SUMTER NATIONAL FOREST
A lot of history has been made on the lands that comprise the Francis Marion and Sumter National Forests.
Cherokee and other tribes of Native Americans hunted and built villages. Revolutionary War battles were won and lost. Farmers toiled in the fields, and family-owned companies harvested timber. Irish immigrants built railroads and tunnels, while others mined gold.
All before the two national forests in South Carolina were created.
The U.S. Bureau of Forestry-a predecessor of the USDA Forest Service-first sent a field party to evaluate lands in South Carolina in 1901. Then came World War I, and demand for timber skyrocketed. Across the South, deforestation was increasing, and land conditions were deteriorating. By the 1920s, much of what was known as the Southern Pine Belt had been cutover.
In 1928, the National Forest Reservation Commission approved the purchase of two units in South Carolina. It wasn't until the Depression and President Franklin D. Roosevelt's New Deal that the move to create National Forests began in earnest. In July 1936, both the Francis Marion and then the Sumter were officially designated National Forests in separate Presidential proclamations signed within three days of each other.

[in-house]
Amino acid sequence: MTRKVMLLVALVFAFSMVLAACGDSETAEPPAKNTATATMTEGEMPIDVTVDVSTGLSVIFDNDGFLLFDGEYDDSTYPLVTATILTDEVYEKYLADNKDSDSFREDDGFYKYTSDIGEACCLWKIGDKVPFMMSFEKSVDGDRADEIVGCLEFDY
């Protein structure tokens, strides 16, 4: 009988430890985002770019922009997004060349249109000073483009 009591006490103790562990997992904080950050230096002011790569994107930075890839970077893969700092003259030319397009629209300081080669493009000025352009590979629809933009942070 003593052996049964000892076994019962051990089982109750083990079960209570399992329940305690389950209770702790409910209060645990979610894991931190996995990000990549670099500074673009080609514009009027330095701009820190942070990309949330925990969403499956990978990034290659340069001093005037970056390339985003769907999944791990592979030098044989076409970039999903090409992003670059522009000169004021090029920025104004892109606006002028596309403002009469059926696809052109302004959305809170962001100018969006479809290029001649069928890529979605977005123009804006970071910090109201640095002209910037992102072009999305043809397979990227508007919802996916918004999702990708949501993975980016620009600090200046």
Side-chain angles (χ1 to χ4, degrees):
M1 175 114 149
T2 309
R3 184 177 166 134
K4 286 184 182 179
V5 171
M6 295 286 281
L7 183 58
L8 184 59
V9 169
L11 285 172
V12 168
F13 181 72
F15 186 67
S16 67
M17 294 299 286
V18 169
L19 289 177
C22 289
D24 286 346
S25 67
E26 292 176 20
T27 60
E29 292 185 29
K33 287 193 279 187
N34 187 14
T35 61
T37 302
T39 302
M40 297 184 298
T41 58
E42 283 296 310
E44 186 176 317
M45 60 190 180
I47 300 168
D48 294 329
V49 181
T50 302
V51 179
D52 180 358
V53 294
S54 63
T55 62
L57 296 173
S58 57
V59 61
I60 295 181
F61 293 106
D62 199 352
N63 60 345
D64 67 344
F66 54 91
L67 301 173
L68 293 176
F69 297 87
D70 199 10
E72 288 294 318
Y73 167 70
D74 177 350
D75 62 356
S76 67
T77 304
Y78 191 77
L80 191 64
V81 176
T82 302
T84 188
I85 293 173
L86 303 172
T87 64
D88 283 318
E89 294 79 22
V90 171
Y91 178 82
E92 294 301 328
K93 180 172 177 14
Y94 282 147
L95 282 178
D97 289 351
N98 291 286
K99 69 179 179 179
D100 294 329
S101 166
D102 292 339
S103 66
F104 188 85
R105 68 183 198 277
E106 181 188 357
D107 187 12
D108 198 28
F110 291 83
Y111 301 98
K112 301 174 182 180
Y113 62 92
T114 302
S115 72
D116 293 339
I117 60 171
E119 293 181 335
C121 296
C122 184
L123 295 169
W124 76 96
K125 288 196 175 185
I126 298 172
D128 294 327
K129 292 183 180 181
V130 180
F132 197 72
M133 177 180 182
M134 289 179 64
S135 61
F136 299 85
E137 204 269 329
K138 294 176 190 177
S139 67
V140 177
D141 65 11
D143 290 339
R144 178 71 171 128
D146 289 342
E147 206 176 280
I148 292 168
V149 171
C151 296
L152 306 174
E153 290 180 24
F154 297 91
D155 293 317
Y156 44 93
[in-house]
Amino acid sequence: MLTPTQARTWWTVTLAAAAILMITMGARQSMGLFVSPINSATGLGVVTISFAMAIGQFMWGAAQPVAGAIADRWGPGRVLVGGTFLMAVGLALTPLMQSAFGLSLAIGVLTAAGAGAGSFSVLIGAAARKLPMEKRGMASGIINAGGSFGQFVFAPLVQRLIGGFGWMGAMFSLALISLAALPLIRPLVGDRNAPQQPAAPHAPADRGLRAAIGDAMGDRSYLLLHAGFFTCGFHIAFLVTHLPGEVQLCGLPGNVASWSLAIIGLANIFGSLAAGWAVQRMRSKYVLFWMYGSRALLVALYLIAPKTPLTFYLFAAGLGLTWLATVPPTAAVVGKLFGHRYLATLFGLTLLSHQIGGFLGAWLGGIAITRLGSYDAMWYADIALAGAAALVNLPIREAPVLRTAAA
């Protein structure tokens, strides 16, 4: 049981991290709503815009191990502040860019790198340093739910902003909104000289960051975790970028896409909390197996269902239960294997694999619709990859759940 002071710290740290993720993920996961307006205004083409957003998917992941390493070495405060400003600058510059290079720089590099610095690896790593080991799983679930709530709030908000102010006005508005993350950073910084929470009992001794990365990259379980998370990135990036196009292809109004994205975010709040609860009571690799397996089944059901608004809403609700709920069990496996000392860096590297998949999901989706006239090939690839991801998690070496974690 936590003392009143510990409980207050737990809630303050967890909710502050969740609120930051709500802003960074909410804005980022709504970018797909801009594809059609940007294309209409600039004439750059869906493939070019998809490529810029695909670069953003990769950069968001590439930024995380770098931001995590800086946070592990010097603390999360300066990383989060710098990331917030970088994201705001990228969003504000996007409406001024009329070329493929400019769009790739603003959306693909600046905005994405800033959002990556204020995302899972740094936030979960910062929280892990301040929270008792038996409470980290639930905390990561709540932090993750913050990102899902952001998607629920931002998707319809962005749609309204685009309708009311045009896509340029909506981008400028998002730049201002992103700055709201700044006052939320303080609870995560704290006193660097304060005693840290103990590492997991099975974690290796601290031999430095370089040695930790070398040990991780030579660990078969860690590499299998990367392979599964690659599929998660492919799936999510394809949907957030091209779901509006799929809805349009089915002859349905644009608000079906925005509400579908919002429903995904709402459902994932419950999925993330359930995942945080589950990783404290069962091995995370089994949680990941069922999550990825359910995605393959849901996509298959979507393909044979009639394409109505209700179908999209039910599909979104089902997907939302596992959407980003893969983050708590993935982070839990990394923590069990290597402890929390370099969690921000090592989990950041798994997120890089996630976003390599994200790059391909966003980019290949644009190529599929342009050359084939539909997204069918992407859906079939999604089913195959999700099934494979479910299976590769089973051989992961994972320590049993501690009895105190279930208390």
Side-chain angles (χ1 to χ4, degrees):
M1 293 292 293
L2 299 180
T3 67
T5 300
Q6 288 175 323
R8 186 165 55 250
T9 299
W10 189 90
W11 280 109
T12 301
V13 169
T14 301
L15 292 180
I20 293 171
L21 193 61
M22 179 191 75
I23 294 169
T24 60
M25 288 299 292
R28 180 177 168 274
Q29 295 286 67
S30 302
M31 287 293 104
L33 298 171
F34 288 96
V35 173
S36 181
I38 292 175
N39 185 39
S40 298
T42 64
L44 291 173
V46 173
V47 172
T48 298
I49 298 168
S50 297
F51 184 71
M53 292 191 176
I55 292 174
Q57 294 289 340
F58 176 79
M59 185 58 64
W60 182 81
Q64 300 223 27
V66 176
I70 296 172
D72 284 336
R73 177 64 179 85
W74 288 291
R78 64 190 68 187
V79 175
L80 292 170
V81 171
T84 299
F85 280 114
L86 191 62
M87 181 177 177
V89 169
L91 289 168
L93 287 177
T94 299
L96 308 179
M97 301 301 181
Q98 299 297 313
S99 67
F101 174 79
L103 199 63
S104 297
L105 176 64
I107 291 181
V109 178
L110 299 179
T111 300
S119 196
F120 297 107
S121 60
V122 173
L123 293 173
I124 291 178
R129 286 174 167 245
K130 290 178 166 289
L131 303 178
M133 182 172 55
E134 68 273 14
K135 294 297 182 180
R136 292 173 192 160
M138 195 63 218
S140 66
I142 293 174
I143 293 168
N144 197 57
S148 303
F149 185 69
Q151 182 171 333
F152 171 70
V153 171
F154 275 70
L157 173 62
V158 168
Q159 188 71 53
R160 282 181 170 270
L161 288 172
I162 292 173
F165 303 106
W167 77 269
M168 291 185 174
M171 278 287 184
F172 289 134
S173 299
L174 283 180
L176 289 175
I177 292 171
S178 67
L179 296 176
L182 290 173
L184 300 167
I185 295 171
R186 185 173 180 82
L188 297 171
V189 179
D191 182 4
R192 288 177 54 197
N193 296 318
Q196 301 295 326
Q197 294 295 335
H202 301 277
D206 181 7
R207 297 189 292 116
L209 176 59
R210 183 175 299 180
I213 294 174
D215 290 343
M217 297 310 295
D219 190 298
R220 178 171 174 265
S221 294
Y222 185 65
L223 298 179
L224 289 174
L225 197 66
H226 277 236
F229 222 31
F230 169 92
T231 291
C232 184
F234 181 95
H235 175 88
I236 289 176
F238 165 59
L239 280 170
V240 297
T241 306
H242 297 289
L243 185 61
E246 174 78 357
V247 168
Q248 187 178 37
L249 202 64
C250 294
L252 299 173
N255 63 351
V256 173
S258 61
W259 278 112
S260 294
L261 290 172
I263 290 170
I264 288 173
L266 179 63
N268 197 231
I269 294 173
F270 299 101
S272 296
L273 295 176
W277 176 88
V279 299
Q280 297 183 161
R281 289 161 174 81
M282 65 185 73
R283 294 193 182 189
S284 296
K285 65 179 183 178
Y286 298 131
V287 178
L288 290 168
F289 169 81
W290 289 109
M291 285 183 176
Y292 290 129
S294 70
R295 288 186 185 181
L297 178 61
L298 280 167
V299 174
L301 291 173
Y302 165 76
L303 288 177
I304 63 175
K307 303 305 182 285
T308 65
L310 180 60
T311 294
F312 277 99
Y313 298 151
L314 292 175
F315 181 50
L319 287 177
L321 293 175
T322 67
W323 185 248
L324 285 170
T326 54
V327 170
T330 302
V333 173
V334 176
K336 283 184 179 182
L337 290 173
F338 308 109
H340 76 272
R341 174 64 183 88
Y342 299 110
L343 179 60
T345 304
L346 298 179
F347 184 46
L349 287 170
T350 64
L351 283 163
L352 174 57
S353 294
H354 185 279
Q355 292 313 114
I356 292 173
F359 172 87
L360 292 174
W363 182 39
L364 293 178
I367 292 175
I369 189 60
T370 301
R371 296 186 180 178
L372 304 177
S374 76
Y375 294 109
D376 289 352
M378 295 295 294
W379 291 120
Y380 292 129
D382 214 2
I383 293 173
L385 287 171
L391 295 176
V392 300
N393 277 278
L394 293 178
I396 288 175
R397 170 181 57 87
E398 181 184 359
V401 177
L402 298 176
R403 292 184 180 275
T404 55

National forests have been called the lands nobody wanted. In South Carolina, the lands that became the forests were predominantly eroding old farm fields and gullies or extensively cutover forests. The National Forests were created to retire the farmlands, control soil erosion, regulate stream flow, and produce timber. With the early work of Civilian Conservation Corps, the land was slowly restored and became productive again.
Now totaling more than 600,000 acres in this state, these diverse lands are a testimony to the success of responsible land management. Both forests are managed by the USDA Forest Service for many uses, including timber and wood production, watershed protection and improvement, habitat for wildlife and fish species (including threatened and endangered ones), wilderness area management, minerals leasing, and outdoor recreation.
And now, people visit these two forests in South Carolina to hike or ride a trail, paddle, fish, hunt, camp, watch a bird, or have a picnic.
They may even make a little history.